Copper prices surge to 8-month high

Company News

by Glenn Dyer


Copper prices reached an eight-month peak on Wednesday following an agreement among Chinese smelters, who account for half of global copper processing, to collectively reduce production.

China's 18 major copper smelters convened in Beijing, announcing a symbolic reduction in loss-making production without specifying exact volumes or timing.

Each smelter will independently determine the extent of reduction they plan to implement, as reported by Reuters.

The news prompted Comex copper to spike to over $US4.66 a pound before settling just above $US4.05, marking its highest level since late July.

Meanwhile, on the LME, the three-month metal touched $US8,799 a tonne, its highest since early August, before moderating to close up 0.86% at $US8,563 a tonne.

Analysts suggest that the government-influenced decision may prompt several smelters to undergo early and extended maintenance shutdowns, effectively reducing output to restore supply-demand equilibrium.

Similar to the steel industry's strategy of purchasing low-grade iron ore to compensate for shortages, copper companies are expected to increase the use of copper blister as a substitute for scarce concentrate.

Western analysts remain skeptical of the news and the ensuing price surge due to the absence of concrete figures.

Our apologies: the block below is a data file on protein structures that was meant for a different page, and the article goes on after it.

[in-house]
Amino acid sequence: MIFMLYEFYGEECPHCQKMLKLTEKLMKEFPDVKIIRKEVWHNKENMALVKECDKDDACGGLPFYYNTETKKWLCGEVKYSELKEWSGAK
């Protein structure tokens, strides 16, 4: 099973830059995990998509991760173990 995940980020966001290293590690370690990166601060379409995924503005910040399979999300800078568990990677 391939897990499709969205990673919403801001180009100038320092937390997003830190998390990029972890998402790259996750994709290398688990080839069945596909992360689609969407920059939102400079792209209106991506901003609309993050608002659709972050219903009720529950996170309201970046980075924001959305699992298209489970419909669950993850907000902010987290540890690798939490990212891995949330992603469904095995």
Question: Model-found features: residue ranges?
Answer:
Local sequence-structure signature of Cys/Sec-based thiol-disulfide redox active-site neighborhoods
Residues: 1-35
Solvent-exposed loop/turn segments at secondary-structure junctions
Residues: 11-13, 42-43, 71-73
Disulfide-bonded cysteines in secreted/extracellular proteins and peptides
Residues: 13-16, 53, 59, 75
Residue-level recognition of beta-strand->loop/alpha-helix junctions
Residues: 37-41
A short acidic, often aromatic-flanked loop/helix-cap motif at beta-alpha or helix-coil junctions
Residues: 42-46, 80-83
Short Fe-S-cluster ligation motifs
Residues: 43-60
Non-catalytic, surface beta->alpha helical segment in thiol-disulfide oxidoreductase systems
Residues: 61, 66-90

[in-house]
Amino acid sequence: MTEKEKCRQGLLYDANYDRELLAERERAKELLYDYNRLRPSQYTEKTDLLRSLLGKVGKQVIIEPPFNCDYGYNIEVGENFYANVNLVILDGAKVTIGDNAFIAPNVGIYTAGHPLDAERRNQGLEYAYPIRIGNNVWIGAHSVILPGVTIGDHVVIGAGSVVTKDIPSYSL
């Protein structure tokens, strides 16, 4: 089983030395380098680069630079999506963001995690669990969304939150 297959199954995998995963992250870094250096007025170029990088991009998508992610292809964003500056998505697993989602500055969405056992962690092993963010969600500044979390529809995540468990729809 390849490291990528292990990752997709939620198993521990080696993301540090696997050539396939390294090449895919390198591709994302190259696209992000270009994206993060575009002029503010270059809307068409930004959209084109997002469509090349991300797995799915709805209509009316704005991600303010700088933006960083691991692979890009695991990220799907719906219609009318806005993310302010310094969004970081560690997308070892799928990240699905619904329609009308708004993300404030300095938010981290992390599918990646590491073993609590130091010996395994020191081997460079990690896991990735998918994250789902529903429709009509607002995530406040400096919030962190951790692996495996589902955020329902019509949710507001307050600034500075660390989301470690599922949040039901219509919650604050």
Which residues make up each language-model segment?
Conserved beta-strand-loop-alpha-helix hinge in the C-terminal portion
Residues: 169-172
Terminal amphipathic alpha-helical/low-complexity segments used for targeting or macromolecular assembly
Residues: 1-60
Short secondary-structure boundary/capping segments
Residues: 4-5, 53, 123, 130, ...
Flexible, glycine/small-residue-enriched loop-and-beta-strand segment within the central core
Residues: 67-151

Shortages in mined copper concentrates have intensified competition among smelters, leading to a significant decline in income to decade-low levels as they slash TC/RC (Treatment and Refining Charges) to attract business.

Chinese spot copper treatment charges (TCs) plummeted to $US1.20 per tonne on Friday, marking a 76% drop in two months and the lowest level since 2013.

Chinese smelters and refiners control approximately half of the global annual copper production of 13 million tonnes. However, supply constraints persist due to closures of major mines such as First Quantum's Cobre Panama and reductions in production by Anglo American, alongside operational issues in Chilean and African mines.

With a new Indian smelter set to enter the market, competition for concentrate supply is expected to intensify further.

Notably, Chinese companies, led by Jiangxi Copper Corp, are reportedly experiencing significant financial strain amid the current market dynamics.

Glenn Dyer

Glenn Dyer has been a finance journalist and TV producer for more than 40 years. He has worked at Maxwell Newton Publications, Queensland Newspapers, AAP, The Australian Financial Review, The Nine Network and Crikey.

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